Basically, you’d think that we’re not killing laying hens when we eat their eggs, but here’s how it goes. The living conditions of the hens are atrocious to begin with. And I’m not talking, “Oh, golly, I don’t have a whole acre of land to run around on.” I’m talking, “Oh, golly, I can’t even move my body because there are all these other hens up in my space and I live in a tiny crammed cage.” The hens who are producing more “livestock” have daughters who grow up to become laying hens, too, and sons who are thrown out in dumpsters and such, because there is no use for a male chick in a factory farm. Meanwhile, the hens who produce eggs only do this until they become unproductive or are not producing at a rapid enough rate. Then they are slaughtered and they become meat. Thus, vegetarians in America think they’re not contributing to the problems by eating eggs, but it really indirectly leads to pain and suffering. It’s not the egg. It’s the condition of the chicken who laid the egg.

Also, I forgot to mention that since chickens will peck at one another and at themselves when they’re stressed out, these hens are debeaked with a hot blade without anesthetic. I don’t think that’s too ethical.

The same sort of argument goes for cows who produce milk. Their sons are crammed into small cages and then become veal, and their daughters become milk cows who are pregnant nine months out of every year just so they can produce more milk for us. And when they stop producing milk and children, they become meat, too.

And the whole idea is that we shouldn’t exploit animals. I’m so glad you asked, though.

Comment by indiechouette

I agree with you about egg production, but don’t you have such a thing as ‘free range’ eggs in America, monitored, as they are here, by the RSPCA etc? I’m painfully aware of the horrors of factory farming, that’s terrible and I never buy factory farmed/barn eggs, but I see nothing wrong with free range eggs which means the chickens are allowed to run free and have access to the outdoors. In every shop you have the option of free range or factory-farmed and that often applies to meat too, although I don’t eat that so it doesn’t apply to me. That’s in the UK by the way.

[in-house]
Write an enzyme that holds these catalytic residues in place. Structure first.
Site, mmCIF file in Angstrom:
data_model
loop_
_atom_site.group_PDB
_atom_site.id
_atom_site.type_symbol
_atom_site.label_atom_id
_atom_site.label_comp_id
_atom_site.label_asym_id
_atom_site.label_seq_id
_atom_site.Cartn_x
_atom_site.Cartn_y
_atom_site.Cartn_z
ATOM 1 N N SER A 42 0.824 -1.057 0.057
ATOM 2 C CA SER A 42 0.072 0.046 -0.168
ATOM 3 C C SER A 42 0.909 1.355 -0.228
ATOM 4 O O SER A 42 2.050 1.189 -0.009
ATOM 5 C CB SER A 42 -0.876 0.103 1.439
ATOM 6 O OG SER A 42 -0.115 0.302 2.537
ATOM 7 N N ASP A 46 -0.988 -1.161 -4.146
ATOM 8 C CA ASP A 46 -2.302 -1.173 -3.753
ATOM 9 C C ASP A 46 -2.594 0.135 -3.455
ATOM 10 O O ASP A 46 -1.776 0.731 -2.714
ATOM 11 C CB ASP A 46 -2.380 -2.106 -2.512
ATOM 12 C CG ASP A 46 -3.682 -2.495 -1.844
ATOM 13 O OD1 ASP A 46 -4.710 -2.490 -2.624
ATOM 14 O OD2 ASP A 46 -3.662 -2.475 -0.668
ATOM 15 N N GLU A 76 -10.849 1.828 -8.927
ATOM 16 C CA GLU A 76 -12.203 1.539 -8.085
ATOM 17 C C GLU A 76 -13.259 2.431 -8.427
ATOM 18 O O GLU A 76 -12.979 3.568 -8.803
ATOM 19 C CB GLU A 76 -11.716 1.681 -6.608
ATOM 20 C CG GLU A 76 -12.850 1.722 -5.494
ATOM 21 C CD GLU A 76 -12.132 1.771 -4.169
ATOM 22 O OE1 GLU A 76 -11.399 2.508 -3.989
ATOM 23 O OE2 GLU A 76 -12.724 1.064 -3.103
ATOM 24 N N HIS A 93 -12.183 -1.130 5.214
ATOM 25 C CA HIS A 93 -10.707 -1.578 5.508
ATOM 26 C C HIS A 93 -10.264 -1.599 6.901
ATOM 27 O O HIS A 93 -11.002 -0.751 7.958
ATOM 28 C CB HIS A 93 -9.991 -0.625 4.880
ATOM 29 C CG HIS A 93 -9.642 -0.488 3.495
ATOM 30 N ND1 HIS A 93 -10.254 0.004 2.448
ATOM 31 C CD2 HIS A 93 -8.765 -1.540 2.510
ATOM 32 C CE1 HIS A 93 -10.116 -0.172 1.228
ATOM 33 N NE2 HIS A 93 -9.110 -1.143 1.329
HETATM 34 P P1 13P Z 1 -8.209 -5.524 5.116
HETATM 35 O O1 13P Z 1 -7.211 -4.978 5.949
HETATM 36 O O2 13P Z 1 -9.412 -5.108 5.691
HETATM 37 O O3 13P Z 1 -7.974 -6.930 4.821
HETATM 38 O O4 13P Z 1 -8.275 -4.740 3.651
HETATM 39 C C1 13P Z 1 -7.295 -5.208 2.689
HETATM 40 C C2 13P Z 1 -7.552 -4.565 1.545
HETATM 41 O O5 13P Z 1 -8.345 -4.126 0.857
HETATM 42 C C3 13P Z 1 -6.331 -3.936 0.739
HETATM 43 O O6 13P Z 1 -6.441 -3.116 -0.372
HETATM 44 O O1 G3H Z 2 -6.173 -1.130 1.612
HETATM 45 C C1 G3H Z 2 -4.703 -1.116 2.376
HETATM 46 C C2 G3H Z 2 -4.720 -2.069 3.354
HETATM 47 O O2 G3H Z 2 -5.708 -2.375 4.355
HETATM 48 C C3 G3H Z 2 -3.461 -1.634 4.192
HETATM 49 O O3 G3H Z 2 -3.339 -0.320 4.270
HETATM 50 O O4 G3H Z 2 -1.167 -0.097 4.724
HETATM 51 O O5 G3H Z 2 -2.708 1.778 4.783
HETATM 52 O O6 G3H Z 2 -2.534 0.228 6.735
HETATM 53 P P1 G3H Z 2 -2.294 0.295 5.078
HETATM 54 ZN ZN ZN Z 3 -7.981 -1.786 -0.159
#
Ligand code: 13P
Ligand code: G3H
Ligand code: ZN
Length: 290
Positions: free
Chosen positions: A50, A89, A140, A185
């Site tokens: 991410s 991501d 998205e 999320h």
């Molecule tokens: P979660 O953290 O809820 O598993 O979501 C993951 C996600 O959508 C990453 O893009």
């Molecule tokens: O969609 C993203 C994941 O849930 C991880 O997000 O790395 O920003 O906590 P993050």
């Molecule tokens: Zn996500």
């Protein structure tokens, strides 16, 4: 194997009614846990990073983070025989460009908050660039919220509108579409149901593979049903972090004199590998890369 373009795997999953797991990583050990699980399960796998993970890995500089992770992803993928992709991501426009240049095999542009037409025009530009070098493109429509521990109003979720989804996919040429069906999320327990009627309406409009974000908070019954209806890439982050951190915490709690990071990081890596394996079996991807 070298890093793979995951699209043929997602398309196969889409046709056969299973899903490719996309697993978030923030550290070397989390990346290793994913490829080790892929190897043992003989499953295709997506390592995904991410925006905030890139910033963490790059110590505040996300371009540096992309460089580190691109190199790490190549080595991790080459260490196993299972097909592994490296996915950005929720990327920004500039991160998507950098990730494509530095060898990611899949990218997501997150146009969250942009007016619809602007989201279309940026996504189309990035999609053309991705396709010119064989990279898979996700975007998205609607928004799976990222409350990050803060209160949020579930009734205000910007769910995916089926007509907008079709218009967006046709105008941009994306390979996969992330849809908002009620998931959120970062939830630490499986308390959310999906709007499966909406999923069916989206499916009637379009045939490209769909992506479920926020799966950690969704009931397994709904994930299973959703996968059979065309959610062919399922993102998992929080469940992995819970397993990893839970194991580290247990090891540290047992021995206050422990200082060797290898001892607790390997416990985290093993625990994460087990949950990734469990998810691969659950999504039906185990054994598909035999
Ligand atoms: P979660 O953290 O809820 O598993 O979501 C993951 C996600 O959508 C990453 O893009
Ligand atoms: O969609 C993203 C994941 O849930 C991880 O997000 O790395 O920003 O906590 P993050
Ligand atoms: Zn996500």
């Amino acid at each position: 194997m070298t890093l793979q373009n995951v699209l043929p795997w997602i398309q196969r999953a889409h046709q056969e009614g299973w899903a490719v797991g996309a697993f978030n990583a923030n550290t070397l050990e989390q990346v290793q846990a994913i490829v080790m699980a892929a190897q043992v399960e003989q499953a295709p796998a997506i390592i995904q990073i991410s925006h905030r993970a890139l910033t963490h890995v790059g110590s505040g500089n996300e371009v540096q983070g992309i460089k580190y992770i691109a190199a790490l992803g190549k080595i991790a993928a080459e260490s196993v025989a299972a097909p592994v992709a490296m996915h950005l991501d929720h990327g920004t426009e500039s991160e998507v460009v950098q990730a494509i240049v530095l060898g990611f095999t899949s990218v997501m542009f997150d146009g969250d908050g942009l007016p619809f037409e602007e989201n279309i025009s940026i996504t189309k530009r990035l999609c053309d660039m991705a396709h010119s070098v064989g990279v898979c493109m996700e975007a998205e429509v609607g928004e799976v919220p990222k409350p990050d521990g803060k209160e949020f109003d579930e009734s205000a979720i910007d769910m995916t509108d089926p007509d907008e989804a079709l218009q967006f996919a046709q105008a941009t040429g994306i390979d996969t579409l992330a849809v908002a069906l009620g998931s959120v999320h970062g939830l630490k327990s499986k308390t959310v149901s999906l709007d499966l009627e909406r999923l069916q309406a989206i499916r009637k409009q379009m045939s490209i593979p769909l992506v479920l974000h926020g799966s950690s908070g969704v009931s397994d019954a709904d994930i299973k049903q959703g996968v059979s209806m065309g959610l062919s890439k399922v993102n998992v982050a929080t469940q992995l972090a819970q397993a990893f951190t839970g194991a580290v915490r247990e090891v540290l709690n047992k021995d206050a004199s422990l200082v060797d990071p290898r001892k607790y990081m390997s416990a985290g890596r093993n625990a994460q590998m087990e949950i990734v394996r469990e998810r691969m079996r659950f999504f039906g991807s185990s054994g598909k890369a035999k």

I also agree you shouldn’t exploit animals and I try not to all the time, but it’s virtually impossible to get through life without doing so to a degree, so it comes down to gradients of it. I mean, where do you draw the line, do you not wear wool? Do you not buy an airplane ticket because they kill the birds near the runway, or because the plane may have leather on the seats etc?

Having said all that though, I admire you for being a vegan.

My friends weren’t French, they just lived there a while but since have moved down the road to Germany because they couldn’t stand French bureaucracy and laws. For example, that in rural France every citizen has the constitutional freedom to access any land, so there is no such thing as private land, and they would often have run-ins with hunters and anglers on their land who they had no power to stop doing so, which, being vegetarians, upset them some. I wouldn’t get the idea the French are great vegetarians! It’s hard t to get vegetarian food in French restaurants etc and if you ask for it, they look at you like you just asked them if they could seve you a plate of rocks or something.

Comment by Michael